It took nearly two years for a report of sexual abuse against former NBA star Mike Bibby to reach police.
But a restraining order filed in Phoenix court last week by a Shadow Mountain High School teacher indicates several witnesses and school officials may have known of the alleged misconduct much earlier.
“The administration was advised of this nearly two years ago,” Tom Ryan, the teacher’s attorney, said. He would not say who reported the incident but said it was not his client, who is still employed with the district.
The teacher claims in the restraining order that in February 2017 Bibby, who volunteered as the school’s varsity boys basketball coach, lifted her by the waist and pulled her into his car on school grounds, rubbing his genitals against her and groping her.
A district spokeswoman this week confirmed a police investigation into the allegations of sexual misconduct against Bibby. Bibby has since been removed from coaching Shadow Mountain basketball pending the outcome of the investigation.
The removal came just days after he coached the team to its fourth state championship title in four years.
Becky Kelbaugh, a spokeswoman with the Paradise Valley Unified School District, said the district initially began an internal investigation on the claims on Feb. 11 after officials received information about the sexual abuse allegation from a third party.
The incident was first formally reported to the district by one of the teacher’s colleagues, according to the restraining order. The teacher then filed a police report and was interviewed by a school resource officer.
In the order, the teacher claims school staff and at least one administrator knew about the incident shortly after it happened in 2017. The teacher in the order alleges she and Bibby discussed whether she would report it a few days after it happened.
The document names a constellation of eyewitnesses and school officials who may have known shortly after the alleged incident two years ago.
Who knew about Bibby claims?
The order names Mike Warren among those who knew in 2017. At the time of the incident, he was Shadow Mountain’s attendance dean, but also once served as athletic director, according to Kelbaugh.
He stopped working for the district in 2017, but still served as an assistant coach under Bibby as recently as last year.
A few days after Bibby grabbed her, the teacher alleges in the order, the coach stood outside her classroom door looking nervous.
She told Bibby, “We need to talk” and they sat her classroom, door closed. She wrote she felt comfortable enough to close the door because the colleague she had told was across the hall.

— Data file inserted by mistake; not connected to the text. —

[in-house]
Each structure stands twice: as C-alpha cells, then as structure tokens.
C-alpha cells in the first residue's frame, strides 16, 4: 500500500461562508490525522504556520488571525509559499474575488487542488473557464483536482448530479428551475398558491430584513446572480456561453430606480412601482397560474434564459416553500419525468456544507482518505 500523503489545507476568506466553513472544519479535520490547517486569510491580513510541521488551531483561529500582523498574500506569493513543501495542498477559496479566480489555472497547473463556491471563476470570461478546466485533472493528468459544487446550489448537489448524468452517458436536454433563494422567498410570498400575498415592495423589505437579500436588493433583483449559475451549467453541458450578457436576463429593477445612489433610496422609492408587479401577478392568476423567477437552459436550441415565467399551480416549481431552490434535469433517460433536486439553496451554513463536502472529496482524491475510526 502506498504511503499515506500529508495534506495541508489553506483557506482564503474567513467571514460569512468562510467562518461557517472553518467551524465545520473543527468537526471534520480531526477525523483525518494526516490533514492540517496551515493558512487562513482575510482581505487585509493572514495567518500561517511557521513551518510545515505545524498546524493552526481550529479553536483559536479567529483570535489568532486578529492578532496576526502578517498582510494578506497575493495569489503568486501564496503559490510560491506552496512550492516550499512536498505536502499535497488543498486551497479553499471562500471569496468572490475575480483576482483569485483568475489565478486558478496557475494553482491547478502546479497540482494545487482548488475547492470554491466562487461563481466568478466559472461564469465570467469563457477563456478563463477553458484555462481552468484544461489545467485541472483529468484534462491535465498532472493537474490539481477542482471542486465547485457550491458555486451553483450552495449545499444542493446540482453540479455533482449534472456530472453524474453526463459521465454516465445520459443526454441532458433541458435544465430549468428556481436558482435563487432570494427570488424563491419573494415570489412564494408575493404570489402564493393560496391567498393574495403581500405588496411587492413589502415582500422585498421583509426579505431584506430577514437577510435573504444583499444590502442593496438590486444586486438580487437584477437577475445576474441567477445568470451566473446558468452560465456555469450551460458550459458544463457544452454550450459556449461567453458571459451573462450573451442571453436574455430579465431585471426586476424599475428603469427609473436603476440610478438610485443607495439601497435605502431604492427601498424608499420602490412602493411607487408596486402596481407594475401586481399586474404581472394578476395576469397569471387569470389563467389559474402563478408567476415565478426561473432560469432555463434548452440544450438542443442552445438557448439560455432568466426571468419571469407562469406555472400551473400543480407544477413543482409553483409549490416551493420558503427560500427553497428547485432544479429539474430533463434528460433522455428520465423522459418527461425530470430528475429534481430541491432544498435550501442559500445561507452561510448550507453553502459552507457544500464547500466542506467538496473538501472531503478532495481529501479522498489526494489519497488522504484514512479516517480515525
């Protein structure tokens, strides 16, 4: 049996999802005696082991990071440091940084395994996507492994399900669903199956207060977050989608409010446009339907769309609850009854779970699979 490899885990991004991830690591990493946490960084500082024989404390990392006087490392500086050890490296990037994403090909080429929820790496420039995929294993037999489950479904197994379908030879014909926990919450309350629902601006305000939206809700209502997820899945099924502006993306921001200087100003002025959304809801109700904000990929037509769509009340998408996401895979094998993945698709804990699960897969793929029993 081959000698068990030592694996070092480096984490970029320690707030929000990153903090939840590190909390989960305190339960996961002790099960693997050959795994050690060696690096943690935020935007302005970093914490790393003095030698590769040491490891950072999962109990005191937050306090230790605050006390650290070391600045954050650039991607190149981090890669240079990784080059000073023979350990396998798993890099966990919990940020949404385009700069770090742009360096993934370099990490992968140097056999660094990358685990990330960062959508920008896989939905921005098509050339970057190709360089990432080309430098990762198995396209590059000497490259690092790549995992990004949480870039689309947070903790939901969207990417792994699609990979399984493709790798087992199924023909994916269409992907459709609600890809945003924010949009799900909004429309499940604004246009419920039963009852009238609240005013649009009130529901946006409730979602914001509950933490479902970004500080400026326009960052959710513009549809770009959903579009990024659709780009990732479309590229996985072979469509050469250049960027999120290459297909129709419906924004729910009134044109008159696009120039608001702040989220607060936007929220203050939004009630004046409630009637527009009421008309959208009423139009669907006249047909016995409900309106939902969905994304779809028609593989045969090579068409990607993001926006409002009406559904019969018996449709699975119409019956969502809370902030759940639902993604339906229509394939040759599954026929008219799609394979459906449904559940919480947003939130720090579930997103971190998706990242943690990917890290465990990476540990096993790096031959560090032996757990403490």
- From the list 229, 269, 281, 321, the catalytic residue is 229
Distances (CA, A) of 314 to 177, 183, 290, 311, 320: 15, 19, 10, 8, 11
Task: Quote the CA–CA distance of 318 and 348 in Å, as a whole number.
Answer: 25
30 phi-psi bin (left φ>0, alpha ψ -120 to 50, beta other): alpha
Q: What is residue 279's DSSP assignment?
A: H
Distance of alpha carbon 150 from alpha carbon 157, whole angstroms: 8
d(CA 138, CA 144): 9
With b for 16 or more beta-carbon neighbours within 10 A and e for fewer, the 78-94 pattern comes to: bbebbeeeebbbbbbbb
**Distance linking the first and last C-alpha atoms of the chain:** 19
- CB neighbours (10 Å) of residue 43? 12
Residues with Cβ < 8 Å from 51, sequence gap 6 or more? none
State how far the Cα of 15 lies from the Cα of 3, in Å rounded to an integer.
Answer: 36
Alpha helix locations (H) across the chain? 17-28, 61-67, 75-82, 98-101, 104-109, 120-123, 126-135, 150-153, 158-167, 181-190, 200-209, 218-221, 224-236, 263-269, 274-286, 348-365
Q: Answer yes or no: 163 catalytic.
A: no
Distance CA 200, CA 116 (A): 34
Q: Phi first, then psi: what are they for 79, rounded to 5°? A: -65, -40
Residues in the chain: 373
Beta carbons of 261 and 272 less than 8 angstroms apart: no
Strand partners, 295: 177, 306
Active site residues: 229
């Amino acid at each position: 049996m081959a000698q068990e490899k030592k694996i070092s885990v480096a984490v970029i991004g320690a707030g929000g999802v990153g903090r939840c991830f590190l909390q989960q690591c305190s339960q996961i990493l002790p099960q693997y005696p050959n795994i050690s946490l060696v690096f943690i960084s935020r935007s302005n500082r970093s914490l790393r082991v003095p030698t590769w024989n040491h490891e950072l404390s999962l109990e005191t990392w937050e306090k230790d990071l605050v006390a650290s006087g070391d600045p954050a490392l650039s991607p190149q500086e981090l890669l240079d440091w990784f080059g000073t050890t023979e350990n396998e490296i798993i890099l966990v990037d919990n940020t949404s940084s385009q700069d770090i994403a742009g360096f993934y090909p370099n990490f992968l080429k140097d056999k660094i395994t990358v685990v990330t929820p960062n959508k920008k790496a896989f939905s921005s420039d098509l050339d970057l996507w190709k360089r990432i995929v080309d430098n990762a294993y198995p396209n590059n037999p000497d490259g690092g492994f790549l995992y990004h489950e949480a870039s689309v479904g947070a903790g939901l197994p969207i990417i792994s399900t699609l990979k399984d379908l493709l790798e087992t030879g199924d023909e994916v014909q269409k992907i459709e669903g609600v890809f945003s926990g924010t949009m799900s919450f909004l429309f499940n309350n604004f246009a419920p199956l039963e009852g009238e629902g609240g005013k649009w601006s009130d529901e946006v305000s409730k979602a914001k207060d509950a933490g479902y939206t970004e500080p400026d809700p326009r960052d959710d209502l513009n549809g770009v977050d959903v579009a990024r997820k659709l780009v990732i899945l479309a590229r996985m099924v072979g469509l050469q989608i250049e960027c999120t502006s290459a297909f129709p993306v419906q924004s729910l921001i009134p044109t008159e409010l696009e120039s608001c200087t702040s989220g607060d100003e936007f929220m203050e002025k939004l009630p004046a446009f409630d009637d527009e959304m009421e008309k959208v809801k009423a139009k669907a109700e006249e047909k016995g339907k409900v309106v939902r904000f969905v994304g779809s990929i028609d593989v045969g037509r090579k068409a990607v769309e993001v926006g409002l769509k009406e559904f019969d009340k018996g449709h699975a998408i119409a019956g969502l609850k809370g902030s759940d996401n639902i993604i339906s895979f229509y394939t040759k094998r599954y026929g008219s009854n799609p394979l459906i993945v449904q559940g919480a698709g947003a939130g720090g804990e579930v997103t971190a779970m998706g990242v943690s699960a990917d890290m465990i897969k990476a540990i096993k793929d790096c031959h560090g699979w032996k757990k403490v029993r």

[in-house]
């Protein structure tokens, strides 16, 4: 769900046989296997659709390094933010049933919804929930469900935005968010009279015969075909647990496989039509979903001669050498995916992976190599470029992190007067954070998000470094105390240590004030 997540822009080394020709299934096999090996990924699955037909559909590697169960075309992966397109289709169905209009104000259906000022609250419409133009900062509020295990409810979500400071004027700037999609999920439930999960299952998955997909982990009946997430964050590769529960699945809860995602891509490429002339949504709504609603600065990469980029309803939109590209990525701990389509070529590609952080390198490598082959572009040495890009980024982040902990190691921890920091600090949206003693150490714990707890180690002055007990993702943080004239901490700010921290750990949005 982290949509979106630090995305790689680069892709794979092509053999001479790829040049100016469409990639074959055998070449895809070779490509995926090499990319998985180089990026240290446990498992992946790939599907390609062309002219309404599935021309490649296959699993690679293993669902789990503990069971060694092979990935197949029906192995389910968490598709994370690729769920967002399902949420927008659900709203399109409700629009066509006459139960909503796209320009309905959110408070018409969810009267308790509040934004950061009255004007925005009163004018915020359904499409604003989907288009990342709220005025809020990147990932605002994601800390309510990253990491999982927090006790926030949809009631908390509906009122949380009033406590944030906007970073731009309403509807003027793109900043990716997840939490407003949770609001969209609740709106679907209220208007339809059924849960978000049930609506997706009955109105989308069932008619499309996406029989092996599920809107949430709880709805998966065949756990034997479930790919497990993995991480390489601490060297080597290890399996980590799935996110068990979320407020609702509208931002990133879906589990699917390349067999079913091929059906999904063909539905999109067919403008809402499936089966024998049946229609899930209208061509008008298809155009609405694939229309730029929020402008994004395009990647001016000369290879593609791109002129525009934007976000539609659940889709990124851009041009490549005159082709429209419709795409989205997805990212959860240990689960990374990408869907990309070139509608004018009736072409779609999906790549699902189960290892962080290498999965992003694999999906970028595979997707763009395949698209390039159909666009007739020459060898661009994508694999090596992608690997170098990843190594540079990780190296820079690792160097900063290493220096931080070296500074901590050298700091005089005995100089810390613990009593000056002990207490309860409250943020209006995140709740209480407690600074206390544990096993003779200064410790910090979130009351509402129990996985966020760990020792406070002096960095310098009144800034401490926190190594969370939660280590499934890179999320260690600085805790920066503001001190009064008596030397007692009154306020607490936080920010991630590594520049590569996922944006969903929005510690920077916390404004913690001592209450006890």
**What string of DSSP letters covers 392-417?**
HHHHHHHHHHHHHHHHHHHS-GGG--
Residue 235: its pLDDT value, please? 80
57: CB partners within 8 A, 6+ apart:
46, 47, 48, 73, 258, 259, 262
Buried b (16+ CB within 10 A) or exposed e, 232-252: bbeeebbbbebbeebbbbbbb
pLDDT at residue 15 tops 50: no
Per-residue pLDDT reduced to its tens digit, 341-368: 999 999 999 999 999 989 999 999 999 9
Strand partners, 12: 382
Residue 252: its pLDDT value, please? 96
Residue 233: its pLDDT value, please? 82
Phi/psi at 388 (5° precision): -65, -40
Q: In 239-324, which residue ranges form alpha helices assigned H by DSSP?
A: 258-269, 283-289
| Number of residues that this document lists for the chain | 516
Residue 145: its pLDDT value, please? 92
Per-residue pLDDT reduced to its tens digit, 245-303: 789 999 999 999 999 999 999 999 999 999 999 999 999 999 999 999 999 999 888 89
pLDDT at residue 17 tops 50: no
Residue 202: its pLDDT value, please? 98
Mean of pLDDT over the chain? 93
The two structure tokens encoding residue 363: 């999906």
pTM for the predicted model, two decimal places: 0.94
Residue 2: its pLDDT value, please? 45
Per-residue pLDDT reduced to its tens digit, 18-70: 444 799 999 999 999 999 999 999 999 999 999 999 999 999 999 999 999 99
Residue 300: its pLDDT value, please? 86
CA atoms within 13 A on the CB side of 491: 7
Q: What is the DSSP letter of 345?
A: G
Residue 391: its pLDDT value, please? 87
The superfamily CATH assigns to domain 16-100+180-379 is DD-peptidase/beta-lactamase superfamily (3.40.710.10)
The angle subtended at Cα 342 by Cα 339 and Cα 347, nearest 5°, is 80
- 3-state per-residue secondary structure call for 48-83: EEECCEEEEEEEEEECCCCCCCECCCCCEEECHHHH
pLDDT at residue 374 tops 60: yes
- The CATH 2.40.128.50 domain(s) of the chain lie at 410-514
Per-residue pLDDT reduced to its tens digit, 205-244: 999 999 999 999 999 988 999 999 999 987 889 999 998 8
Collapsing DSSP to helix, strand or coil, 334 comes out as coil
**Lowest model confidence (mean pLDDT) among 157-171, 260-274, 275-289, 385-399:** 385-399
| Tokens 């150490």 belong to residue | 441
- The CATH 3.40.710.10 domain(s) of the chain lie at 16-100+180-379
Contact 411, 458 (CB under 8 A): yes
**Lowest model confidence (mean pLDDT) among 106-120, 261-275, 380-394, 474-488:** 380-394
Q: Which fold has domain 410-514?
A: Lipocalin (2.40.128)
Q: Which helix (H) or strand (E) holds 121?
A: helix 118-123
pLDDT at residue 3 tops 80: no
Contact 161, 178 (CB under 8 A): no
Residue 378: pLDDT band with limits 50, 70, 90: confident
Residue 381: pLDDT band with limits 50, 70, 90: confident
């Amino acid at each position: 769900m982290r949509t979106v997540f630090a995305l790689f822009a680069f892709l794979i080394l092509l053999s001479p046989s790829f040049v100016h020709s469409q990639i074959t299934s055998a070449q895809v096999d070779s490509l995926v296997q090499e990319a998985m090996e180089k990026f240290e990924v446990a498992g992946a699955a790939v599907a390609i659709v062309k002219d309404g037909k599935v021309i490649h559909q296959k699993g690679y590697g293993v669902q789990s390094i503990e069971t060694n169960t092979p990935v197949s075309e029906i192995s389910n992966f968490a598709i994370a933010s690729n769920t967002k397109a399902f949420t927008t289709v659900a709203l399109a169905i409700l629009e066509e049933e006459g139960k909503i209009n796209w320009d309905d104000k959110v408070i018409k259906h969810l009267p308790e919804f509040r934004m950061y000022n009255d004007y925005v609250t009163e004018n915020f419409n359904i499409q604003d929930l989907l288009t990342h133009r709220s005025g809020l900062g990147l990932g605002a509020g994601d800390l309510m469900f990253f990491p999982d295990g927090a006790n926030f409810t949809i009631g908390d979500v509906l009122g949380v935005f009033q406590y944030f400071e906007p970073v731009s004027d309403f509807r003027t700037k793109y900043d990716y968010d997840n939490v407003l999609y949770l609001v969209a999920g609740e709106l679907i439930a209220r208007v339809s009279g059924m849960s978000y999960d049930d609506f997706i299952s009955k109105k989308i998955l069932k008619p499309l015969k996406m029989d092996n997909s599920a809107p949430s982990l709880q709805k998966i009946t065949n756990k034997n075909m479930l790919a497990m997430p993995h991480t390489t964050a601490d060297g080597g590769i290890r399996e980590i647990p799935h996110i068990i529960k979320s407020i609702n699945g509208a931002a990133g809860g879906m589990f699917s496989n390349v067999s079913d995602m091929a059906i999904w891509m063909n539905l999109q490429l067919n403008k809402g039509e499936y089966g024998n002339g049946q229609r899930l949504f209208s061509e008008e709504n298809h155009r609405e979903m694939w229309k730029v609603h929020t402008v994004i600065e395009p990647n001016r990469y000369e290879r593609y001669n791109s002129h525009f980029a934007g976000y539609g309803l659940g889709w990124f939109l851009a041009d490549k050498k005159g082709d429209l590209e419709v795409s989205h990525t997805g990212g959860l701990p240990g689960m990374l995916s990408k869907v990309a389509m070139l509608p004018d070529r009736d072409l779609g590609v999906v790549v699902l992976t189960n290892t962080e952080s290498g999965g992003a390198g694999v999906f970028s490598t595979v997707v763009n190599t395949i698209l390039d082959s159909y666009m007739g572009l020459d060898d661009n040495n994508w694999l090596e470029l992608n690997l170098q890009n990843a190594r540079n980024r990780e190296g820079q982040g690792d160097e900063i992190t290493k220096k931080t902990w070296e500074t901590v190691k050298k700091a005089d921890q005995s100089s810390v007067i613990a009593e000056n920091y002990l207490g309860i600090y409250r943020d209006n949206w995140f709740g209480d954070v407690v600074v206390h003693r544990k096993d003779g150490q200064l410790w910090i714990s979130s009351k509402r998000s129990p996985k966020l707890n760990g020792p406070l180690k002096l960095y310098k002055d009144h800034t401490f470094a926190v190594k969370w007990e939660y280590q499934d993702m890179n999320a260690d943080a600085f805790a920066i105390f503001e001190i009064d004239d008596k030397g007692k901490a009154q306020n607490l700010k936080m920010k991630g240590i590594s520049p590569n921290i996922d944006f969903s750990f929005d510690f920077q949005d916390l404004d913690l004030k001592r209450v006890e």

The teacher told Bibby, according to the restraining order, that he was “out of line” and that he had sexually abused her. She alleges in the order that he told her he had been drinking that day and that she was a “beautiful and nice person,” according to the document. She said he told her he wanted to date her.
She said in the order that she wasn’t interested and told him to stay away. He asked her if she was going to “tell” and she said no because she was thinking of his players, according to the restraining order. He then asked if she would inform Warren, who was sitting outside in Bibby’s car, that she wasn’t going to report.
“I told Warren I would not say anything,” she wrote in the order. “He gave a fist pump and they left.”
Warren told The Arizona Republic he did not know anything about the reported incident.
“I never heard about it,” he said. “I never knew anything about it. I honestly really don’t understand it… It doesn’t make sense to me.”
The order also names several witnesses: fellow teachers she told in the days after and colleagues she said were there on that day and saw Bibby grab her.
District guidelines mandate that staff “are to report any suspected crime against a person or property that is a serious offense. … All such reports shall be communicated to the Superintendent who shall be responsible for reporting to local law enforcement.”
Why did Bibby’s suspension take two weeks?
The district began an internal investigation immediately after a third party reported it on Feb. 11 of this year, according to Kelbaugh.
A few days later, the internal investigation was suspended at the request of the Phoenix Police Department, which had opened its own investigation.The department has not named any suspects and the agency is still investigating.
It’s still unclear, however, why district officials waited two weeks, until after Bibby’s team won a state championship title, to bar him from coaching.
Bibby was a volunteer coach for Shadow Mountain.
Kelbaugh wrote in an email that the district notified Bibby he was ineligible from volunteering after it received a copy of the restraining order.
Because Bibby was a volunteer and not certified with the state to teach in any capacity, he will not be investigated by the State Board of Education for misconduct claims, Alicia Williams, the board’s executive director, said.